Lamar Lathon, a two-time Pro Bowl linebacker who played for the Oilers from 1990-1994, told the Houston Chronicle this week that the two players he was asked about are some of the toughest teammates he has ever played alongside.

“Listen, those guys that we’re talking about were unbelievable teammates,” Lathon said. “And if you wanted to go to war with someone, you would get those guys first. Because I have never seen tougher guys than those guys. And everybody in the locker room, the consensus knew or had an idea that things were not exactly right. But guess what? When they strapped the pads on and got on the field, man, we were going to war with these guys because they were unbelievable.”

I’m sure there will be people who take offense to Lathon describing the situation as “not exactly right,” but he was clearly defending his former teammates. Bubba McDowell, a former Oilers safety, echoed Lathon’s comments.

“Everybody knew certain guys (were gay),” he said. “Everybody speculated and people used to see these two guys come in by themselves. They’d leave at lunchtime and then come back.”

Both McDowell and Lathon said that showering and being in the locker room with their gay teammates was “no big deal.” An NFL documentary that aired recently painted a picture of the ’93 Oilers — who started the year 1-4 before winning 11 straight and being bounced in the playoffs — as one of the most dysfunctional teams in NFL history.

Earlier this year, Vince Lombardi’s daughter claimed that her father worked with at least five gay men on his 1969 Washington Redskins team and protected any players or co-workers that were discriminated against. If players and coaches were aware that there were gay players in locker rooms almost 50 years ago, I’m sure the same is true now. Hopefully more of those players receive support as time passes.

British Olympic diver Tom Daley comes out as gay (Video)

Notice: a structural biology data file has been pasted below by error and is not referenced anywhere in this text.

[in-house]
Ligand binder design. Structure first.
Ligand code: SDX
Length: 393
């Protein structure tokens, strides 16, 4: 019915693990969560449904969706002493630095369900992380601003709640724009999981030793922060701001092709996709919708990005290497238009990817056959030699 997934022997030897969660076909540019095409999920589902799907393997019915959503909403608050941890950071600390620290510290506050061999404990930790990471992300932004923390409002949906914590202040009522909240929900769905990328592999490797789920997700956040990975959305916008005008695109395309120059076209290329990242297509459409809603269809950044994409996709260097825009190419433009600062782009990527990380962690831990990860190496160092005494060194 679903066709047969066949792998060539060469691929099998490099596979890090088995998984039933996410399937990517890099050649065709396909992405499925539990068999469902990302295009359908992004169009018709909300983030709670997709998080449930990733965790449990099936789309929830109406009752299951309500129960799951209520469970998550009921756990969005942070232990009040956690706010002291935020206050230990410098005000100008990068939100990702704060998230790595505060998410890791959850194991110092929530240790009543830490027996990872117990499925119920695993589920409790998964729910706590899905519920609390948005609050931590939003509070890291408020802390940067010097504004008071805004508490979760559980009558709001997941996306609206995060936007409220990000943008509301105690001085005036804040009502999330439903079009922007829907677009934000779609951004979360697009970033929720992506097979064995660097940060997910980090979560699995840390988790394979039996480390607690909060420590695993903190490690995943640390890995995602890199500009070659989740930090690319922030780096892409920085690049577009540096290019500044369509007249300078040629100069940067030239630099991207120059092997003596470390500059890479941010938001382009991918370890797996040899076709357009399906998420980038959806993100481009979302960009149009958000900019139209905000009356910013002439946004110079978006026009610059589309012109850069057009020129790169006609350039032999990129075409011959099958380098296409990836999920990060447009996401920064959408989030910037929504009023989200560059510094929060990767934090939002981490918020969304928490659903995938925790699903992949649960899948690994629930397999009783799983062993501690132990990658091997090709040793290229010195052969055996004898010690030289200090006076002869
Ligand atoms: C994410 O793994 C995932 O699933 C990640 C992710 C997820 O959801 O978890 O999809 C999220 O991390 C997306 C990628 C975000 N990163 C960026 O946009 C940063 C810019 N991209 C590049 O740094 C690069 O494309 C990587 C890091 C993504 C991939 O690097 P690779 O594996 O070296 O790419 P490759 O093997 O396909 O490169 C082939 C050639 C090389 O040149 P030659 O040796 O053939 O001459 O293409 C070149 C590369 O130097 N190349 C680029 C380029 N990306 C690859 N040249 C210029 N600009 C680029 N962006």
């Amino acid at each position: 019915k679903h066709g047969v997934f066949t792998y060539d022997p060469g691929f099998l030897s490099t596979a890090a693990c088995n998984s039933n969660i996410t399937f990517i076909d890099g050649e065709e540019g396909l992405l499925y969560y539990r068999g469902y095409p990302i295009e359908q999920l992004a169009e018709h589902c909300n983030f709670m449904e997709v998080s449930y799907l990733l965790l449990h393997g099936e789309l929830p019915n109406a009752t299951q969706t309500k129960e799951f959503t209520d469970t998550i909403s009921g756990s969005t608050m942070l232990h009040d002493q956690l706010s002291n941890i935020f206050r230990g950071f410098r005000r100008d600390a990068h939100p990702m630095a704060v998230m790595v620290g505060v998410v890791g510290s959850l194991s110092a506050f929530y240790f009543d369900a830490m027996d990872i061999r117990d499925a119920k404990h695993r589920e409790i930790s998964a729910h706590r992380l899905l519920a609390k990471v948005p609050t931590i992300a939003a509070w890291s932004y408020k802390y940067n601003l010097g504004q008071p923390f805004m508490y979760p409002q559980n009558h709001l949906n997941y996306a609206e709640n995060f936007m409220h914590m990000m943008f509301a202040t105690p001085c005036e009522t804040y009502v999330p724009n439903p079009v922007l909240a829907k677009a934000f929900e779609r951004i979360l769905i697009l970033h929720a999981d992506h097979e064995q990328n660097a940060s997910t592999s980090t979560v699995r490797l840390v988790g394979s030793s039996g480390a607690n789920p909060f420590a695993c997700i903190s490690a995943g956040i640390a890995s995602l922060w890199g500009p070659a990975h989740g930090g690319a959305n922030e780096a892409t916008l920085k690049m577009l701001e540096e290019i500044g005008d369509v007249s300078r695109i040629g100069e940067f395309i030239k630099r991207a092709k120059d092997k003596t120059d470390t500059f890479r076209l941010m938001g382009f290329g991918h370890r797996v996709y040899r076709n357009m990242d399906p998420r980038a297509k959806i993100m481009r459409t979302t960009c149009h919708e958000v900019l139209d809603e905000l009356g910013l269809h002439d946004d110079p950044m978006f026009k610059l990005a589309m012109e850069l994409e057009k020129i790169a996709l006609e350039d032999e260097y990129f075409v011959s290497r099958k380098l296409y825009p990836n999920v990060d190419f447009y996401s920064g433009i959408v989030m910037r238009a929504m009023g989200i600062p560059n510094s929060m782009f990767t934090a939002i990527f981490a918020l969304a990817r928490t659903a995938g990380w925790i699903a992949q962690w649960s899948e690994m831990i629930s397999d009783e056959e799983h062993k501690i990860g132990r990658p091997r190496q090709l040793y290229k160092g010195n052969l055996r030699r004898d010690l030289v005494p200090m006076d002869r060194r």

Tom-DaleyBritish Olympic diver Tom Daley revealed that he is gay in a video he posted on YouTube Monday morning. The 19-year-old, who won a bronze medal at the 2012 Summer Olympics in front of his home nation, spoke about how his life recently changed when he entered into a relationship with another man.

“Come spring, this year, my life changed — massively,” Daley said in the video. “When I met someone and it made me feel so happy, so safe and everything just feels great. That someone is a guy.”

Daley admitted that it took him by surprise that he could have romantic feelings for a man, but said he is comfortable with where he is at in his personal life.

“It did take me by surprise a little bit,” he said. “It was always in the back of my head that it could happen, but it wasn’t until the spring of this year that something clicked. It felt right. Like I said, my whole world just changed right there and then. … It just really does feel right.”

Daley added that he still “fancies girls” but stressed that he could not be happier in his current relationship.

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Abby Wambach on being lesbian: I never felt like I was in a closet

Abby Wambach Sarah Huffman

Abby Wambach was the subject of headlines when it was revealed that she married longtime girlfriend and current teammate Sarah Huffman in Hawaii earlier this month. Wambach and Huffman didn’t publicize their wedding, but they didn’t shy away from the attention once the story became news.

In an interview with ESPNW, Wambach revealed that she found the attention amusing because she has been comfortably “out” for a while and all her friends knew about her relationship with Huffman. She also explained why she never has made a big deal of her sexuality.

“I can’t speak for other people, but for me, I feel like gone are the days that you need to come out of a closet. I never felt like I was in a closet. I never did. I always felt comfortable with who I am and the decisions I made,” Wambach told ESPNW.

Wambach joined Athlete Ally over the summer, which is a group supporting gay athletes. Aside from that, she says she never felt the need to make huge statements about her sexual preference.

“I’ve never been asked a question in my soccer world about my relationship, rightfully so because it shouldn’t matter because it doesn’t have anything to do with soccer,” she added. “But I realize I’m a public figure and people are curious about my private life. I’m honestly not the kind of person who wants to step up to a podium, test the microphone and be like, ‘Hey, I’m homosexual and this is who I am, hear me roar.’ That’s not who I am.”

I think there are two aspects of her comments. One, Wambach isn’t out to make huge statements, which is fine. And two, this says a lot about the overall attitude and acceptance of gay athletes. Whether an athlete is gay or not shouldn’t be a big deal, just like it hasn’t been for Wambach, who was the 2012 FIFA Women’s World Player of the Year. We should be at a point where whether an athlete is gay or not is inconsequential. It seems like Wambach has long felt that way, which has probably made her life very comfortable.